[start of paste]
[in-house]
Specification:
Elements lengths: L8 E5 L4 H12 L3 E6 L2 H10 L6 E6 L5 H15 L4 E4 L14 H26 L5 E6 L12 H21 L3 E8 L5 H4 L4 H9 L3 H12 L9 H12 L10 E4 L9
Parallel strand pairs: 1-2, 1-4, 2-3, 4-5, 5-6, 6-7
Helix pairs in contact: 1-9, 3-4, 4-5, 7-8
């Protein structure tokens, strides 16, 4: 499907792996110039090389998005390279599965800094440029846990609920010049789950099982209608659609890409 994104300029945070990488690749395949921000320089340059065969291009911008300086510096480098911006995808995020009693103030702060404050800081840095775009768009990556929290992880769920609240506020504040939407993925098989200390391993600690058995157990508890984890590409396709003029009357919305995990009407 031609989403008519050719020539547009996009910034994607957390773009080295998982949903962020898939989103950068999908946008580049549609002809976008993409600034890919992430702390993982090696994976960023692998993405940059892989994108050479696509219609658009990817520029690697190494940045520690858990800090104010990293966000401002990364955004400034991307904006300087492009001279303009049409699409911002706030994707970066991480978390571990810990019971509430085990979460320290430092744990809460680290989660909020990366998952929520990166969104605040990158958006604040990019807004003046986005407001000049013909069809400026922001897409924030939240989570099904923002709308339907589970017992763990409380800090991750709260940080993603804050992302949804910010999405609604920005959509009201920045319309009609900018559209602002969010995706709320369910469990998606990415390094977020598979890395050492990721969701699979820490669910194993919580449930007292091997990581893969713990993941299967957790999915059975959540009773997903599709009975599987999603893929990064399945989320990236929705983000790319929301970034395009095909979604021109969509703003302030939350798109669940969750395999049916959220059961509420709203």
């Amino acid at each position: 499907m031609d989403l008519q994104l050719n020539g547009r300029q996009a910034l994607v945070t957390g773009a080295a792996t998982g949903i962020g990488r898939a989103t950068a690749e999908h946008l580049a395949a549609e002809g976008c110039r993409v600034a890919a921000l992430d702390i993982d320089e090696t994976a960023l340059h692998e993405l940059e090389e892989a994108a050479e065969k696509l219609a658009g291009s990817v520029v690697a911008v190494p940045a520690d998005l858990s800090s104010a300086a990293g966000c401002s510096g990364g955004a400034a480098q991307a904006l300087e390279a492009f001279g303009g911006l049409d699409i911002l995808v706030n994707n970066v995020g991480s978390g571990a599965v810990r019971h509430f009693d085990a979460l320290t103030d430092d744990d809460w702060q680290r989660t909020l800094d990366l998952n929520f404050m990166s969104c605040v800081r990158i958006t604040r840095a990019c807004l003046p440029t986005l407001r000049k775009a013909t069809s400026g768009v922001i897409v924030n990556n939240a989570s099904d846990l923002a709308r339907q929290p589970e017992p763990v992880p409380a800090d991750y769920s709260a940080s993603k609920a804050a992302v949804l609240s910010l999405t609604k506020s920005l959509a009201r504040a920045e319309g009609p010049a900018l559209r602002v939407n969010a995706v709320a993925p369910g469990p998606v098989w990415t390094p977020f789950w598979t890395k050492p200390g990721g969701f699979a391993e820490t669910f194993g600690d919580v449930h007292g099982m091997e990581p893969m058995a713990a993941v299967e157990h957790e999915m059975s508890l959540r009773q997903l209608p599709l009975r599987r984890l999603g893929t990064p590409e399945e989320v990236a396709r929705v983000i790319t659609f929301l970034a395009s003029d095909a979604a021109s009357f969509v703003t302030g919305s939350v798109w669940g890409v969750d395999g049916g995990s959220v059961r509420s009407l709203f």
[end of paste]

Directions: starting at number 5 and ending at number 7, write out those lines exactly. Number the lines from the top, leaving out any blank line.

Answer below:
Helix pairs in contact: 1-9, 3-4, 4-5, 7-8
């Protein structure tokens, strides 16, 4: 499907792996110039090389998005390279599965800094440029846990609920010049789950099982209608659609890409 994104300029945070990488690749395949921000320089340059065969291009911008300086510096480098911006995808995020009693103030702060404050800081840095775009768009990556929290992880769920609240506020504040939407993925098989200390391993600690058995157990508890984890590409396709003029009357919305995990009407 031609989403008519050719020539547009996009910034994607957390773009080295998982949903962020898939989103950068999908946008580049549609002809976008993409600034890919992430702390993982090696994976960023692998993405940059892989994108050479696509219609658009990817520029690697190494940045520690858990800090104010990293966000401002990364955004400034991307904006300087492009001279303009049409699409911002706030994707970066991480978390571990810990019971509430085990979460320290430092744990809460680290989660909020990366998952929520990166969104605040990158958006604040990019807004003046986005407001000049013909069809400026922001897409924030939240989570099904923002709308339907589970017992763990409380800090991750709260940080993603804050992302949804910010999405609604920005959509009201920045319309009609900018559209602002969010995706709320369910469990998606990415390094977020598979890395050492990721969701699979820490669910194993919580449930007292091997990581893969713990993941299967957790999915059975959540009773997903599709009975599987999603893929990064399945989320990236929705983000790319929301970034395009095909979604021109969509703003302030939350798109669940969750395999049916959220059961509420709203």
């Amino acid at each position: 499907m031609d989403l008519q994104l050719n020539g547009r300029q996009a910034l994607v945070t957390g773009a080295a792996t998982g949903i962020g990488r898939a989103t950068a690749e999908h946008l580049a395949a549609e002809g976008c110039r993409v600034a890919a921000l992430d702390i993982d320089e090696t994976a960023l340059h692998e993405l940059e090389e892989a994108a050479e065969k696509l219609a658009g291009s990817v520029v690697a911008v190494p940045a520690d998005l858990s800090s104010a300086a990293g966000c401002s510096g990364g955004a400034a480098q991307a904006l300087e390279a492009f001279g303009g911006l049409d699409i911002l995808v706030n994707n970066v995020g991480s978390g571990a599965v810990r019971h509430f009693d085990a979460l320290t103030d430092d744990d809460w702060q680290r989660t909020l800094d990366l998952n929520f404050m990166s969104c605040v800081r990158i958006t604040r840095a990019c807004l003046p440029t986005l407001r000049k775009a013909t069809s400026g768009v922001i897409v924030n990556n939240a989570s099904d846990l923002a709308r339907q929290p589970e017992p763990v992880p409380a800090d991750y769920s709260a940080s993603k609920a804050a992302v949804l609240s910010l999405t609604k506020s920005l959509a009201r504040a920045e319309g009609p010049a900018l559209r602002v939407n969010a995706v709320a993925p369910g469990p998606v098989w990415t390094p977020f789950w598979t890395k050492p200390g990721g969701f699979a391993e820490t669910f194993g600690d919580v449930h007292g099982m091997e990581p893969m058995a713990a993941v299967e157990h957790e999915m059975s508890l959540r009773q997903l209608p599709l009975r599987r984890l999603g893929t990064p590409e399945e989320v990236a396709r929705v983000i790319t659609f929301l970034a395009s003029d095909a979604a021109s009357f969509v703003t302030g919305s939350v798109w669940g890409v969750d395999g049916g995990s959220v059961r509420s009407l709203f």